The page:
Preheat the oven to 200ºC/400ºF/gas 6. Bring the stock to a simmer in a saucepan and keep warm. In a separate large pan, add a splash of olive oil, the onion and celery, and cook gently for about 15 minutes until softened. Add the rice and turn up the heat a bit. Keep stirring to stop it catching. After a minute or two, pour in the vermouth or wine and stir constantly until the alcohol has evaporated, leaving the rice with a lovely perfume.

Turn down the heat and add a ladleful of warm stock. Keep stirring until the rice has fully absorbed the stock, then add another ladleful. Continue to add the stock, one ladleful at a time, until it's all absorbed. This should take about 15 minutes and give you rice that is beginning to soften but is still al dente.

Meanwhile, pop the goat's cheese onto a roasting tray, sprinkle over the fennel seeds and red chilli, and place in the oven for 10 minutes. Next, heat a deep saucepan on a medium heat, then add 1 tablespoon of butter, a splash of olive oil, the garlic and a good grating of nutmeg. Once the butter has melted, add the sorrel and cook for about 2 minutes, moving it around until it's just wilted down. Take the pan off the heat, let the sorrel cool slightly, then chop it finely and season to taste.

Take the pan of rice off the heat, add the chopped sorrel and beat in the remaining butter and grated Parmesan. Add a good squeeze of lemon juice, then check the seasoning and add a little salt and pepper if needed. Pop a lid on the pan and leave the risotto to rest for a minute, while you remove the goat's cheese from the oven.

Dish up your risotto, grate a little lemon zest over the top, drizzle with a little extra virgin olive oil, and top with another grating of Parmesan. Serve with the lovely roasted goat's cheese on the side for everyone to crumble over the top.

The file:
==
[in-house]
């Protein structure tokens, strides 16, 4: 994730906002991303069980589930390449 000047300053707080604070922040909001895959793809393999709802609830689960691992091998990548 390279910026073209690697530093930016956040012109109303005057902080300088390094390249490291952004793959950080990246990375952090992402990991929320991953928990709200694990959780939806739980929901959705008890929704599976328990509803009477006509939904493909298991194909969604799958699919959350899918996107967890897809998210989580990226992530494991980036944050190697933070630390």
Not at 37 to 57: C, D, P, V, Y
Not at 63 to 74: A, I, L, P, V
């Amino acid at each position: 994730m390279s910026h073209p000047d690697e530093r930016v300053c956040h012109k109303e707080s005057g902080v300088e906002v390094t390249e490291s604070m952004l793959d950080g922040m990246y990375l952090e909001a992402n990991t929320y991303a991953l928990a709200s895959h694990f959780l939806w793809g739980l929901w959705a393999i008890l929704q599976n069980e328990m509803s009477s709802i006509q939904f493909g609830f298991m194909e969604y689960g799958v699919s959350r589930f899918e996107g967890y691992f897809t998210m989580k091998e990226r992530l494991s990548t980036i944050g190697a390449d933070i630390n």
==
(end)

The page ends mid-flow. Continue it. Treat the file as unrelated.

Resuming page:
Whether it's delicious vegetarian or vegan recipes you're after, or ideas for gluten or dairy-free dishes, you'll find plenty here to inspire you. For more info on how we classify our lifestyle recipes please read our special diets fact sheet, or or for more information on how to plan your meals please see our special diets guidance.

Nutritional Information Amount per serving:
  • Calories 525 26%
  • Carbs 72.3g 31%
  • Sugar 6.3g 7%
  • Fat 13.7g 20%
  • Saturates 6.6g 33%
  • Protein 17.8g 40%
Of an adult's reference intake

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BUYING SUSTAINABLY SOURCED FISH

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Buying sustainably sourced fish means buying fish that has been caught without endangering the levels of fish stocks and with the protection of the environment in mind. Wild fish caught in areas where stocks are plentiful are sustainably sourced, as are farmed fish that are reared on farms proven to cause no harm to surrounding seas and shores.

When buying either wild or farmed fish, ask whether it is sustainably sourced. If you're unable to obtain this information, don't be afraid to shop elsewhere – only by shopping sustainably can we be sure that the fantastic selection of fish we enjoy today will be around for future generations.

For further information about sustainably sourced fish, please refer to the useful links below:

Marine Stewardship Council
http://www.msc.org/

Fish Online
http://www.fishonline.org